Sunday, December 5, 2010

December 5 Hike

I often find when I need to work out what I'm going to teach in the next week1, a hike in Portland's Forest Park typically puts some grease on the cogs and get my wheels turning.

Today's is going to be a doosey.  I just posted the paper I wrote this week on teaching reading from a constructivist method for my Theory of Instruction class at PSU.  I'm a pretty sick2 individual to post a graduate paper on my blog, but you are sicker if you take the time to read it.  Basically, here's the problem: at secondary schools, students are often forced into a one-size-fits-all remedial reading class if they don't meet benchmark.  They lose an elective and are not happy about it.  They take their anger out on the class and teacher by totally blowing both off.  The teacher notices they have little control of the classroom and plan their lessons around a direct instruction model because it gives them more control over the class.

Constructivist lessons would be more fun for teacher and student and might do a better job of teaching the skills. Constructivist lessons increase motivation, but require a certain critical mass of motivation to get off the ground; otherwise, students take the time to "socially create meaning" about the top ten list on Z100 rather than the reading strategies the teacher is asking them to practice.

How do I get my students to that critical mass?

On top of that, I have a colleague who gets her students to work by making their lives uncomfortable and unpleasant if they deviate from the assigned activity.  I used to be of the same mind until an administrator asked me to only punish students who disrupted class; student who choose not to learn have that right.  But my colleagues students all have "As" and know their reading strategies.  My students are receiving zeros.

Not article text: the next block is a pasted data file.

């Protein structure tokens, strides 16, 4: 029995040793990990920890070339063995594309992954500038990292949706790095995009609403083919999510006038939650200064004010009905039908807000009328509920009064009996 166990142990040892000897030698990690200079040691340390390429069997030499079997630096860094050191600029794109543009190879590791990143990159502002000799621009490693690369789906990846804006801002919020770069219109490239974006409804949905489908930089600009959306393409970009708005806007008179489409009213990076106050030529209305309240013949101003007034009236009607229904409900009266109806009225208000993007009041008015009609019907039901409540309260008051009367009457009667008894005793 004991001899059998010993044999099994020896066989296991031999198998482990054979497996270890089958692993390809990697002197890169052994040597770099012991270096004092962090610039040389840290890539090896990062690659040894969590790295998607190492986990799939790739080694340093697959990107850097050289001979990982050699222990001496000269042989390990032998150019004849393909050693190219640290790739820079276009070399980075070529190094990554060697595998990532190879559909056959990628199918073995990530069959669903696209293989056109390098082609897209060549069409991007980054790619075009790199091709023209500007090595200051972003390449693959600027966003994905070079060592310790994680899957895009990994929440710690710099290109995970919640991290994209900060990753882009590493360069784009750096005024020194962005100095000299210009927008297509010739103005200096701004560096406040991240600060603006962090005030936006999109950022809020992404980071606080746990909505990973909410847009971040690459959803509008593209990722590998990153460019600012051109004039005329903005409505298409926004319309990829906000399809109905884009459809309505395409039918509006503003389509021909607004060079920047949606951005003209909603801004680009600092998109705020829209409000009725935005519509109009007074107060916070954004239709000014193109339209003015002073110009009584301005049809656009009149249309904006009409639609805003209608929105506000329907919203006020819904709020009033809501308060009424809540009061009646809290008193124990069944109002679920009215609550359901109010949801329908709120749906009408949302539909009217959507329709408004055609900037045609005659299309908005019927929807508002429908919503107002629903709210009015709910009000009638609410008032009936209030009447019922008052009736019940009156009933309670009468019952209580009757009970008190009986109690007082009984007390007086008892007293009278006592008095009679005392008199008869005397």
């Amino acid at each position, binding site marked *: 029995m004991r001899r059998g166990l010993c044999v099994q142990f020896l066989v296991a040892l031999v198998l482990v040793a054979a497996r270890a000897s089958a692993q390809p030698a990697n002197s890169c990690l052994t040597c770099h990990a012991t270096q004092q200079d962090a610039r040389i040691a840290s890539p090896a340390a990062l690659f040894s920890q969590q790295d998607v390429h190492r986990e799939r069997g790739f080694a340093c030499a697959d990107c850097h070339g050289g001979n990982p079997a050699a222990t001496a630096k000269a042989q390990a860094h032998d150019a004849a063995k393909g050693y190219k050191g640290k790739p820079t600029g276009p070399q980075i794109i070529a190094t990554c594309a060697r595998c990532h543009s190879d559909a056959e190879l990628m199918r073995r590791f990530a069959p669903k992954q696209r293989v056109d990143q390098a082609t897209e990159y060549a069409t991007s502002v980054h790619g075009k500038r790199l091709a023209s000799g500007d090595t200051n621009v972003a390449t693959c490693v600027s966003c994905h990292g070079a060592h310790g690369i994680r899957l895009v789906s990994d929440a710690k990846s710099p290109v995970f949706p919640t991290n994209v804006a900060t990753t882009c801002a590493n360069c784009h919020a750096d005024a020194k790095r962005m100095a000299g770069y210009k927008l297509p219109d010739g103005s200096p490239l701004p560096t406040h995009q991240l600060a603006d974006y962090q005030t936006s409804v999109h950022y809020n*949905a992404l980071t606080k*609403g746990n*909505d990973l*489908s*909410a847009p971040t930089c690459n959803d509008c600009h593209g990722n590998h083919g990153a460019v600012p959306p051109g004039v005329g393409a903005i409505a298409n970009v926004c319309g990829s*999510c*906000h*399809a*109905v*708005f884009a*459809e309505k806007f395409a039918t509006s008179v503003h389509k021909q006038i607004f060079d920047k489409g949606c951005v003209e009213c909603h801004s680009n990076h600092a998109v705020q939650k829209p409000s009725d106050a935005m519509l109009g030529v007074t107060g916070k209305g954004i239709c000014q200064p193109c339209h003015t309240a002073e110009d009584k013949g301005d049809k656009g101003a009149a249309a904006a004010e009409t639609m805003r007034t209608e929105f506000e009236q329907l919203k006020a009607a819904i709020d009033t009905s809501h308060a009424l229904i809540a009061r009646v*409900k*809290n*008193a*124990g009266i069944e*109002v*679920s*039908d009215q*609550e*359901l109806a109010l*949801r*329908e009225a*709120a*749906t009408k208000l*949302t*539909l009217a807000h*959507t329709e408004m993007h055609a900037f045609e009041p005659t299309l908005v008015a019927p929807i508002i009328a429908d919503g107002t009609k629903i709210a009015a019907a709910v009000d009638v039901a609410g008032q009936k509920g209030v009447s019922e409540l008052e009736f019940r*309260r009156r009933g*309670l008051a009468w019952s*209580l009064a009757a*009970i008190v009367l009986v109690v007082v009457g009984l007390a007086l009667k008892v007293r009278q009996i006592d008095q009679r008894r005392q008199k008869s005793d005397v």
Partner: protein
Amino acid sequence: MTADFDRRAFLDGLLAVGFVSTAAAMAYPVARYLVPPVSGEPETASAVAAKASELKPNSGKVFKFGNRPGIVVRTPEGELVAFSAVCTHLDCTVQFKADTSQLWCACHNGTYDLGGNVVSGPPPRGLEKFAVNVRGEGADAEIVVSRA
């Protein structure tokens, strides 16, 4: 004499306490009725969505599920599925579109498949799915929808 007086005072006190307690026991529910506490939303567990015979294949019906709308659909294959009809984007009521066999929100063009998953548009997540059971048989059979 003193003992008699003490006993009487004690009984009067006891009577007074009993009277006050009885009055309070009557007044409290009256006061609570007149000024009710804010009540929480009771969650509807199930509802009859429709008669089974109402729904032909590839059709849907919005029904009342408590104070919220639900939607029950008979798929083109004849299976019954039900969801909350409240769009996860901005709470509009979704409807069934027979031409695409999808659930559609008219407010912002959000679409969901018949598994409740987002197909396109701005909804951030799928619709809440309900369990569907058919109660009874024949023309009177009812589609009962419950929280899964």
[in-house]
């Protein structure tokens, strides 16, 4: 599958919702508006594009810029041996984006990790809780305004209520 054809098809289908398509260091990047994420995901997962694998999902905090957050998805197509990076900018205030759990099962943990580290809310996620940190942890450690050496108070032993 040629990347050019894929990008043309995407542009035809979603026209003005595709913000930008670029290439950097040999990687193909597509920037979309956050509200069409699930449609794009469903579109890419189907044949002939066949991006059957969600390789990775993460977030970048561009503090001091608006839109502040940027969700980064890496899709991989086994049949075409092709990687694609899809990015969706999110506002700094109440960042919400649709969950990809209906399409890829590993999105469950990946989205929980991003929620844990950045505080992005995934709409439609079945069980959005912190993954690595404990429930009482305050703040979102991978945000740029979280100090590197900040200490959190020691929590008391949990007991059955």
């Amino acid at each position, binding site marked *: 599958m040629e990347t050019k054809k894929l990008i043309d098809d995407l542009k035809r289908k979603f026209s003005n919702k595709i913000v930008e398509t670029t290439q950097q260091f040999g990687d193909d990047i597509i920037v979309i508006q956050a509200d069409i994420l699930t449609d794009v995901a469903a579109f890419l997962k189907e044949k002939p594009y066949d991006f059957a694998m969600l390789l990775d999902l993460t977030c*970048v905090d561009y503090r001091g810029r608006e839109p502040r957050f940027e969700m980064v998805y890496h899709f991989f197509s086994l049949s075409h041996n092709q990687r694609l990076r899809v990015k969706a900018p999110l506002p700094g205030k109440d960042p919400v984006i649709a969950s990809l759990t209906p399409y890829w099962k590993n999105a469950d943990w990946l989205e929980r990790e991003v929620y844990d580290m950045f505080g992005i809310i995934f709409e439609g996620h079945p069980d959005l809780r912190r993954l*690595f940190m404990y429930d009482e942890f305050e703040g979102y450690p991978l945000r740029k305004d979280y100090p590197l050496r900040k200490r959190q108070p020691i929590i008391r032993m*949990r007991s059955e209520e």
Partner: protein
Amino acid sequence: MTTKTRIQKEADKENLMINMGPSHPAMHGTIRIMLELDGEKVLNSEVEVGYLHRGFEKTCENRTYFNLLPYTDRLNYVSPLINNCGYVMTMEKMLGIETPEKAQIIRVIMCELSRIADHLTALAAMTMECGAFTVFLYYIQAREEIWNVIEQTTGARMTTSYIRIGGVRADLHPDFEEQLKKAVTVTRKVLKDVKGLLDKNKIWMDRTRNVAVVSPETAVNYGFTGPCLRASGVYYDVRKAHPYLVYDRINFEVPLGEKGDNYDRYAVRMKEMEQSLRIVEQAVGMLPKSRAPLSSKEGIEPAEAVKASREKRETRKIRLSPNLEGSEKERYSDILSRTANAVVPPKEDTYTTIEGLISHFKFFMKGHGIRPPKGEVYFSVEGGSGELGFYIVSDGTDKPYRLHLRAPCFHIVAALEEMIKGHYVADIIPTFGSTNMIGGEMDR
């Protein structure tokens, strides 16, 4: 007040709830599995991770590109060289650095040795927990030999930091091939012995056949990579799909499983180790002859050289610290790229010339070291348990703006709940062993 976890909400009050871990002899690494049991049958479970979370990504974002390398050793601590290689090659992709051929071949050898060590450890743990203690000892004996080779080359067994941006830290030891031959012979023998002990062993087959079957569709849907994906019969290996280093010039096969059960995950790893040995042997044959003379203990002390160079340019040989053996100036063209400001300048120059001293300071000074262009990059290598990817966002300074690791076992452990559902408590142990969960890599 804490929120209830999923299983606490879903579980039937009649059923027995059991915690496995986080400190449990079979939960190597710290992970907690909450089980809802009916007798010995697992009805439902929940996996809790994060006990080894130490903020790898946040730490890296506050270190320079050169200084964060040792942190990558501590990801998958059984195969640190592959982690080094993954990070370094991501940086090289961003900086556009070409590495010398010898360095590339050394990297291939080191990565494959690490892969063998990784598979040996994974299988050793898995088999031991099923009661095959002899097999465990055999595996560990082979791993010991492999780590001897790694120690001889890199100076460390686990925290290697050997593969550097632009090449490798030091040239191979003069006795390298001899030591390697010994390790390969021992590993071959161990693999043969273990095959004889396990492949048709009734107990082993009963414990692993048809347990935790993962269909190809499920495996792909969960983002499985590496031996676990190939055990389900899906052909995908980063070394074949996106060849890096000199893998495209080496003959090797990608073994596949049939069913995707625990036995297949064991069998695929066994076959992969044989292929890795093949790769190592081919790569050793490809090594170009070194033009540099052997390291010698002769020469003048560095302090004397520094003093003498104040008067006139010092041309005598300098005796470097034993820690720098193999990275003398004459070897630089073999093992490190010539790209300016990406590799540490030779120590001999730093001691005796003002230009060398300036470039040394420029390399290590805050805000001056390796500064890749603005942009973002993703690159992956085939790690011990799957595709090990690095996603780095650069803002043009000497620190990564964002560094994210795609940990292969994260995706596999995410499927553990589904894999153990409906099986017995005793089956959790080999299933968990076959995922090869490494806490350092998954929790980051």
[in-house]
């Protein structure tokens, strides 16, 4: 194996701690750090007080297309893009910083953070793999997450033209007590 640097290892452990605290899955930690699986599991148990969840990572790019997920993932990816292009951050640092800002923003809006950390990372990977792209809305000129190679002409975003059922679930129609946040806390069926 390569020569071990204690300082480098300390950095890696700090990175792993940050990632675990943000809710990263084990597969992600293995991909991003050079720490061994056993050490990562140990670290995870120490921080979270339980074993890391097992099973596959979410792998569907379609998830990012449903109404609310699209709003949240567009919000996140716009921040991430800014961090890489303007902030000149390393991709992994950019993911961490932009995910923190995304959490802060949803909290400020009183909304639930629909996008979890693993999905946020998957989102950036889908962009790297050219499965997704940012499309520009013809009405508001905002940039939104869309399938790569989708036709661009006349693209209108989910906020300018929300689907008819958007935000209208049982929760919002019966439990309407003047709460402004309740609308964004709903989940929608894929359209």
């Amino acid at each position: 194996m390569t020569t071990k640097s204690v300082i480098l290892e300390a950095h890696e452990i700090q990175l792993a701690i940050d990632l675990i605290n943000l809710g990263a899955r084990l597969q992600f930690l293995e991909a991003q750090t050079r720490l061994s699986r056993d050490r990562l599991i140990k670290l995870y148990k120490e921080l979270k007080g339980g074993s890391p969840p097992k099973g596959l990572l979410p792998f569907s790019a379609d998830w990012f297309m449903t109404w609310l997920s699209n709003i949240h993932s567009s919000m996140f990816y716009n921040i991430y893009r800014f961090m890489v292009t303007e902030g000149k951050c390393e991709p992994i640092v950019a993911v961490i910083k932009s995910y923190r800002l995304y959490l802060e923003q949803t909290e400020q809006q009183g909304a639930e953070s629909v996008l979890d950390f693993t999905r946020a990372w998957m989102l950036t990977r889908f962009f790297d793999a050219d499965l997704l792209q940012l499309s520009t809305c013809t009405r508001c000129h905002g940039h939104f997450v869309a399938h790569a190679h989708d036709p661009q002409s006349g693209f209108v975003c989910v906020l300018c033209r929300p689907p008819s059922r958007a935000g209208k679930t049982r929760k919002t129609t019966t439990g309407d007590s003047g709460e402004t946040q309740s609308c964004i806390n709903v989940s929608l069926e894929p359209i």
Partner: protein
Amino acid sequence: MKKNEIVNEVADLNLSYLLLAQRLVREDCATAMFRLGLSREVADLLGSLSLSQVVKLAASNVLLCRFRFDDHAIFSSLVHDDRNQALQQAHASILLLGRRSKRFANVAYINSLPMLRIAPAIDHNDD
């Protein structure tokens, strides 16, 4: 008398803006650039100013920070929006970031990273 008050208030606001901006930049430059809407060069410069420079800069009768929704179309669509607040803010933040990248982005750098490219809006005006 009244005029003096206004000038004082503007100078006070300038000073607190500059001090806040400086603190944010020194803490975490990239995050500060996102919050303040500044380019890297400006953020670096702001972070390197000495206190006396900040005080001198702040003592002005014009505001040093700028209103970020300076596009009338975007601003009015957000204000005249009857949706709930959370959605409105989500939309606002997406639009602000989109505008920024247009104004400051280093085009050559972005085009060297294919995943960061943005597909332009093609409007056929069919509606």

Is my job to make them do the work3?  In the long run, what will be the greater benefit to the student?

1. Read "day."  [Go back.]
2. I mean sick in the conventional rather than the contemporary meaning.  [Go back.]
3. Can I really make them do anything?  It would seem my colleague does by making the alternative less desirable.  [Go back.]

1 comment:

  1. I've always wondered if it's a teachers job to make the students want to learn. I would say that the best teachers make there students want to learn not by making the alternative worse, but by showing how great and important learning can be. That being said, there are gonna be some students who won't buy into that no matter what you do.

    On top of that, if giving someone encouragement in class, and giving failing grades doesn't cause them to want to learn, they probably are in a lot of trouble, so what difference does it make if the teacher further punishes them in class. Sometimes I think what could be best is for them to get a wake up call when they realize they are failing all there classes. Granted, I think the teacher needs to make very clear the path that they are headed down, put I think thats what's best.

    Just my opinion.